Employee Receives Court-Ordered Restitution After Justified Whistleblowing Action
A jury and judge ordered Albany-based asbestos abatement and demolition company Champagne Demolition, LLC and its owner, Joseph A. Champagne, to pay $173,793.84 to a former employee who was fired in June 2010 after reporting improper asbestos removal practices at a school worksite in Gloversville, New York.
The judgment supports a U.S. Department of Labor lawsuit that found Champagne Demolition, LLC violated the employee’s whistleblower rights. The company must pay $103,000 in back wages, $20,000 in compensatory, and $50,000 in punitive damages.
On June 10, 2010, the employee informed company management of the improper practices. The employee was fired the next day and subjected to verbal threats and legal action. A complaint was filed with the Department's Occupational Safety and Health Administration (OSHA), which opened a whistleblower investigation and found merit to the allegations.
“We are pleased with the jury verdict and the judge’s ruling to hold this employer accountable for violating the employee’s rights,” said OSHA Regional Administrator Robert Kulick, in New York. “Every worker has the right to report potential safety and health hazards without fear of harassment, termination, or retaliation.”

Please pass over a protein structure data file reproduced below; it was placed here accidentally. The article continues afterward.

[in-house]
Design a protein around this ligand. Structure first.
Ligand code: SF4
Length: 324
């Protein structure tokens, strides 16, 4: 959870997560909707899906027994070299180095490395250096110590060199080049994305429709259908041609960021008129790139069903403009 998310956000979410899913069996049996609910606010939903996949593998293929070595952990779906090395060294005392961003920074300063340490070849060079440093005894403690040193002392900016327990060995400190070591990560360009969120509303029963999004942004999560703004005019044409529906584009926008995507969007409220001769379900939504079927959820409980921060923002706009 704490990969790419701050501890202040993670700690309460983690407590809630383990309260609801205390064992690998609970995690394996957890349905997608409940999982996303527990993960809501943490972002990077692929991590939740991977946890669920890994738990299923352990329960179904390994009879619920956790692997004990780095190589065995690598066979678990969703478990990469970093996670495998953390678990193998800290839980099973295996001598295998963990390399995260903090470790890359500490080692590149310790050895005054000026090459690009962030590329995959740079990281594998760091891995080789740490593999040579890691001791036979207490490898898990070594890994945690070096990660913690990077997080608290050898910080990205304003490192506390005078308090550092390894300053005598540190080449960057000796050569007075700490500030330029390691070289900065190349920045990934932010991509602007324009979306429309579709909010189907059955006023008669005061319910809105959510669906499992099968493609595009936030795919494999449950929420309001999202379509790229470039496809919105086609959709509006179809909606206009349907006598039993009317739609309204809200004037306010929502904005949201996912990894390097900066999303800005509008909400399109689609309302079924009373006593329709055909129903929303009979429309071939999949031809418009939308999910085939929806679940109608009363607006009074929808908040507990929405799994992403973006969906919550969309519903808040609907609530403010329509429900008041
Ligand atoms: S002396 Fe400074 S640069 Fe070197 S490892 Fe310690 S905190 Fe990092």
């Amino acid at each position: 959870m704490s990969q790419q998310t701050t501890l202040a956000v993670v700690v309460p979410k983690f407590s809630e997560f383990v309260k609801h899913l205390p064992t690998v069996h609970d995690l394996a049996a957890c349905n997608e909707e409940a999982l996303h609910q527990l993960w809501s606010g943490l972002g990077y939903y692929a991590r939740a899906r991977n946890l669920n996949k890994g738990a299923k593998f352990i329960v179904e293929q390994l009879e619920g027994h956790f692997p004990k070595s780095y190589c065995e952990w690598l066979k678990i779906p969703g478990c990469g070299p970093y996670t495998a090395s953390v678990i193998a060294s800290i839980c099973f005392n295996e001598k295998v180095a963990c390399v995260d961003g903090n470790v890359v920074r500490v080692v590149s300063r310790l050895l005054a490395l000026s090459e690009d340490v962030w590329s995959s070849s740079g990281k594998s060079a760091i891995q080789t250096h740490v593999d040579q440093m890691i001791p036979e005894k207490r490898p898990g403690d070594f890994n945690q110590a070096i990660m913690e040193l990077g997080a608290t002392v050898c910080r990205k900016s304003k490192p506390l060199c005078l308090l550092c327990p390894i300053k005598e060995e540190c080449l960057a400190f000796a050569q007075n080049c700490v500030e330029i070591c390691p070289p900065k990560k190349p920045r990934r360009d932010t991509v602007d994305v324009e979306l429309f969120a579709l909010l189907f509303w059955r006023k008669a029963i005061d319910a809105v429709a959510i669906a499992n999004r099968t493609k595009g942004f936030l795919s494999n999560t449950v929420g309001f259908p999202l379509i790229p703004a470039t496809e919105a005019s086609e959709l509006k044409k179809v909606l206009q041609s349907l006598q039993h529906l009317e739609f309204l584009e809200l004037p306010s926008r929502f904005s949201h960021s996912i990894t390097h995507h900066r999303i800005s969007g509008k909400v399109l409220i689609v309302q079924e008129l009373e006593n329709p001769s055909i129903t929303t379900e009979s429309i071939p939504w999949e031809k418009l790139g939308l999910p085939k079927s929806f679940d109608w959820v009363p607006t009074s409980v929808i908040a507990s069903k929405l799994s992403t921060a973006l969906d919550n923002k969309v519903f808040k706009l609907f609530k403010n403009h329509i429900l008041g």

“This jury verdict and the judge’s ruling on this case underscores the Labor Department’s commitment to ensuring that the law is followed and employees’ right to a healthy and safe workplace is maintained,” said Regional Solicitor of Labor Jeffrey S. Rogoff, in New York.
OSHA enforces the whistleblower provisions of the Occupational Safety and Health Act and 21 other statutes protecting employees who report violations of various airline, commercial motor carrier, consumer product, environmental, financial reform, food safety, health care reform, nuclear, pipeline, public transportation agency, maritime, and securities laws.
Attorneys Allison Bowles, Amy Tai, and Darren Cohen of the regional Office of the Solicitor in New York litigated the case. The whistleblower inspection was conducted by OSHA’s regional Office of Whistleblower Protection Programs in New York.
Under the Occupational Safety and Health Act of 1970, employers are responsible for providing safe and healthful workplaces for their employees. OSHA’s role is to ensure these conditions for America’s working men and women by setting and enforcing standards, and providing training, education, and assistance. For more information, visit www.osha.gov.